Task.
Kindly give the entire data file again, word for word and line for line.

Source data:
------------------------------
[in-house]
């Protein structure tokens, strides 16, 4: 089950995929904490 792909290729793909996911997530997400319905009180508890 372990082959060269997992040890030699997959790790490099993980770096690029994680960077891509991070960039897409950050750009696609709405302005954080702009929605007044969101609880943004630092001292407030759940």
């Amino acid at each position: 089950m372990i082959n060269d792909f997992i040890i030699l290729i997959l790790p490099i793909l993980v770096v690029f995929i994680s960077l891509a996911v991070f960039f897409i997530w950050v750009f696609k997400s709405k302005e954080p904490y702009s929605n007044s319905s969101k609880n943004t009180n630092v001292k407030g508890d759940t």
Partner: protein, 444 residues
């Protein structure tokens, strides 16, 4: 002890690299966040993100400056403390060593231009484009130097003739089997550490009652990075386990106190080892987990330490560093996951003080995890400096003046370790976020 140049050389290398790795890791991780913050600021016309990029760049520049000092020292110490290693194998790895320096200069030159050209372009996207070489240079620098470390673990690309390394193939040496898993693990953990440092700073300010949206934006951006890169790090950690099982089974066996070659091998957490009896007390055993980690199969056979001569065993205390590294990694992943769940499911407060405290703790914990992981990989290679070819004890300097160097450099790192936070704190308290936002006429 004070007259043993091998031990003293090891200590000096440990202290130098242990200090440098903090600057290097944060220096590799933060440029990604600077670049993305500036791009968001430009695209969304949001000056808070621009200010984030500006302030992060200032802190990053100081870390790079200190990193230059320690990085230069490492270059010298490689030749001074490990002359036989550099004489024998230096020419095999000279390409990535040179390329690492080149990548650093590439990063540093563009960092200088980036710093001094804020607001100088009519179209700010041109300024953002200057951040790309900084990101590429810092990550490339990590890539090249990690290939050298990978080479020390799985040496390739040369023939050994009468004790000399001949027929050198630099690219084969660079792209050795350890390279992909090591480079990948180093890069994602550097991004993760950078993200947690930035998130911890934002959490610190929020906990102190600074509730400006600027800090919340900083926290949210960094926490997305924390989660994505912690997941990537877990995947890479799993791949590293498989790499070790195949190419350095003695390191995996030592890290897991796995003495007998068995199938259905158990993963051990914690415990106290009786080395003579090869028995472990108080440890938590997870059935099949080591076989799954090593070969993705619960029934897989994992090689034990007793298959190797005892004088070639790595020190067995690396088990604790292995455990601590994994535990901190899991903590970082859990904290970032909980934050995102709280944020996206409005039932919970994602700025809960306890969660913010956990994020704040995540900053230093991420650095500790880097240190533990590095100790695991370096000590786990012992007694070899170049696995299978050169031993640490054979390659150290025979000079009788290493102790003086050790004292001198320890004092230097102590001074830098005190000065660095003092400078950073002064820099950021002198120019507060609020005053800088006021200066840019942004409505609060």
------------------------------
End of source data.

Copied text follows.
[in-house]
């Protein structure tokens, strides 16, 4: 089950995929904490 792909290729793909996911997530997400319905009180508890 372990082959060269997992040890030699997959790790490099993980770096690029994680960077891509991070960039897409950050750009696609709405302005954080702009929605007044969101609880943004630092001292407030759940």
């Amino acid at each position: 089950m372990i082959n060269d792909f997992i040890i030699l290729i997959l790790p490099i793909l993980v770096v690029f995929i994680s960077l891509a996911v991070f960039f897409i997530w950050v750009f696609k997400s709405k302005e954080p904490y702009s929605n007044s319905s969101k609880n943004t009180n630092v001292k407030g508890d759940t």
Partner: protein, 444 residues
């Protein structure tokens, strides 16, 4: 002890690299966040993100400056403390060593231009484009130097003739089997550490009652990075386990106190080892987990330490560093996951003080995890400096003046370790976020 140049050389290398790795890791991780913050600021016309990029760049520049000092020292110490290693194998790895320096200069030159050209372009996207070489240079620098470390673990690309390394193939040496898993693990953990440092700073300010949206934006951006890169790090950690099982089974066996070659091998957490009896007390055993980690199969056979001569065993205390590294990694992943769940499911407060405290703790914990992981990989290679070819004890300097160097450099790192936070704190308290936002006429 004070007259043993091998031990003293090891200590000096440990202290130098242990200090440098903090600057290097944060220096590799933060440029990604600077670049993305500036791009968001430009695209969304949001000056808070621009200010984030500006302030992060200032802190990053100081870390790079200190990193230059320690990085230069490492270059010298490689030749001074490990002359036989550099004489024998230096020419095999000279390409990535040179390329690492080149990548650093590439990063540093563009960092200088980036710093001094804020607001100088009519179209700010041109300024953002200057951040790309900084990101590429810092990550490339990590890539090249990690290939050298990978080479020390799985040496390739040369023939050994009468004790000399001949027929050198630099690219084969660079792209050795350890390279992909090591480079990948180093890069994602550097991004993760950078993200947690930035998130911890934002959490610190929020906990102190600074509730400006600027800090919340900083926290949210960094926490997305924390989660994505912690997941990537877990995947890479799993791949590293498989790499070790195949190419350095003695390191995996030592890290897991796995003495007998068995199938259905158990993963051990914690415990106290009786080395003579090869028995472990108080440890938590997870059935099949080591076989799954090593070969993705619960029934897989994992090689034990007793298959190797005892004088070639790595020190067995690396088990604790292995455990601590994994535990901190899991903590970082859990904290970032909980934050995102709280944020996206409005039932919970994602700025809960306890969660913010956990994020704040995540900053230093991420650095500790880097240190533990590095100790695991370096000590786990012992007694070899170049696995299978050169031993640490054979390659150290025979000079009788290493102790003086050790004292001198320890004092230097102590001074830098005190000065660095003092400078950073002064820099950021002198120019507060609020005053800088006021200066840019942004409505609060």